Byron's account of his adventures and the Wager Mutiny are recounted in The Narrative of the Honourable John Byron (1768). His book sold well enough to be printed in several editions.

Byron was appointed captain of HMS Siren in December 1746.[1]

Seven Years War[edit]

In 1760 during the Seven Years' War, Byron commanded a squadron sent to destroy the fortifications at Louisbourg, Quebec, which had been captured by the British two years before. They wanted to ensure it could not be used by the French in Canada. In July of that year he defeated the French flotilla sent to relieve New France at the Battle of Restigouche.

Commodore, governor and vice admiral[edit]

Between June 1764 and May 1766, Byron completed his own circumnavigation of the globe as captain of HMS Dolphin. This was the first such circumnavigation that was accomplished in less than 2 years.[2] During this voyage, in 1765 he took possession of the Falkland Islands on behalf of Britain on the grounds of prior discovery.[citation needed] His action nearly caused a war between Great Britain and Spain, as both countries had armed fleets ready to contest the sovereignty of the barren islands. Later Byron encountered islands and extant residents of the Tuamotus and Tokelau Islands, and Nikunau in the southern Gilbert Islands; he also visited Tinian in the Northern Marianas Islands.[3]

In 1769 he was appointed governor of Newfoundland off the mainland of Canada, an office he held for the next three years.[1]

He was promoted to rear admiral on 31 March 1775. In 1778 and 1779, he served as Commander-in-chief of the British fleet in the West Indies during the American War of Independence. He unsuccessfully attacked a French fleet under the Comte d'Estaing at the Battle of Grenada in July 1779.[1] Byron was briefly Commander-in-Chief, North American Station from 1 October 1779.[4] He was made vice admiral of the white in September 1780.[1]


John Byron Death Notice

On 8 September 1748 he married Sophia Trevanion, daughter of John Trevanion of Caerhays in Cornwall, by whom he had two sons and seven daughters, three of whom died in infancy. Their eldest son, John "Mad Jack" Byron, in turn fathered the poet George Gordon Byron, the future 6th Baron Byron. John Byron was also the grandfather of George Anson Byron, another admiral and explorer and later the 7th Baron Byron. He was the brother of Hon. George Byron, married to Frances Levett, daughter of Elton Levett of Nottingham, a descendant of Ambrose Elton, Esq., High Sheriff of Herefordshire in 1618 and a surgeon in Nottingham.[5][6]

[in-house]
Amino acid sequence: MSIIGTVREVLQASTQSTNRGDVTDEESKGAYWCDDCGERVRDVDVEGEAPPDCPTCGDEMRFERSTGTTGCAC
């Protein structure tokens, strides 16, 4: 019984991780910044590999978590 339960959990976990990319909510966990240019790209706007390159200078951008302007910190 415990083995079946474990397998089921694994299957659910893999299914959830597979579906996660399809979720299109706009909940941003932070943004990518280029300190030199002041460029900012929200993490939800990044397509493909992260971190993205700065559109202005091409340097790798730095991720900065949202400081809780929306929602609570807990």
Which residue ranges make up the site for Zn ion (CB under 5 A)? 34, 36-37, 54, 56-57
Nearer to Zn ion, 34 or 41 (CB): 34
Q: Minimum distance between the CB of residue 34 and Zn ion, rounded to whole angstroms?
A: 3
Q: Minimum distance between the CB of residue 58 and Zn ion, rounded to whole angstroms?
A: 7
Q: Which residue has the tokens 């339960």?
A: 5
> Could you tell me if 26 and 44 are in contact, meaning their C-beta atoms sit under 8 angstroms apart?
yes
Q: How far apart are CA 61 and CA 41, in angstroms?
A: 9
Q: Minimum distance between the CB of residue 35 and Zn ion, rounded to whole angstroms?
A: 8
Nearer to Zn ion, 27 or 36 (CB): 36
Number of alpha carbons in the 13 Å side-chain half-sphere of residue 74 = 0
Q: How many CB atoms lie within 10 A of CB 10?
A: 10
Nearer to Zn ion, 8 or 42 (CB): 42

John Byron died on 10 April 1786 at home in London. His remains were buried in the Berkeley family vault situated beneath the chancel of the Church of St Mary the Virgin, Twickenham.[7]

In fiction[edit]

John Byron's experiences in the Anson voyage form the basis of the novel The Unknown Shore by Patrick O'Brian. It closely follows Byron's account in The Narrative of the Honourable John Byron (1768).

See also[edit]


  1. ^ a b c d e f W. A. B. Douglas (2015). "Byron, John". Dictionary of Canadian Biography Online. Retrieved 27 June 2015. 
  2. ^ "Circumnavigation: Notable global maritime circumnavigations". Retrieved 2009-07-20. 
  3. ^ Officer on Board the Said Ship. (1767). A voyage round the world in His Majesty’s Ship the ‘Dolphin’, commanded by the honourable commodore Byron. London: J. Newbery and F. Newbery.
  4. ^ James Gambier, "John Byron", Oxford Dictionary of National Biography
  5. ^ The Genealogy of the Existing British Peerage with Brief Histories of the Family Histories of the Nobility, Edmund Lodge, London, 1832. Retrieved 2009-07-20. 
  6. ^ A Genealogical Account of the Mayo and Elton Families of the Counties of Wilts and Hereford, Charles Herbert Mayo, London, 1882. 2006-06-26. Retrieved 2009-07-20. 
  7. ^ "At Twickenham Park, Lord John Berkeley". The Twickenham Museum. Retrieved 27 June 2015. 

External links[edit]

Political offices
Preceded by
Sir Hugh Palliser
Commodore Governor of Newfoundland
Succeeded by
Molyneux Shuldham
Military offices
Preceded by
James Gambier
Commander-in-Chief, North American Station
Succeeded by
Mariot Arbuthnot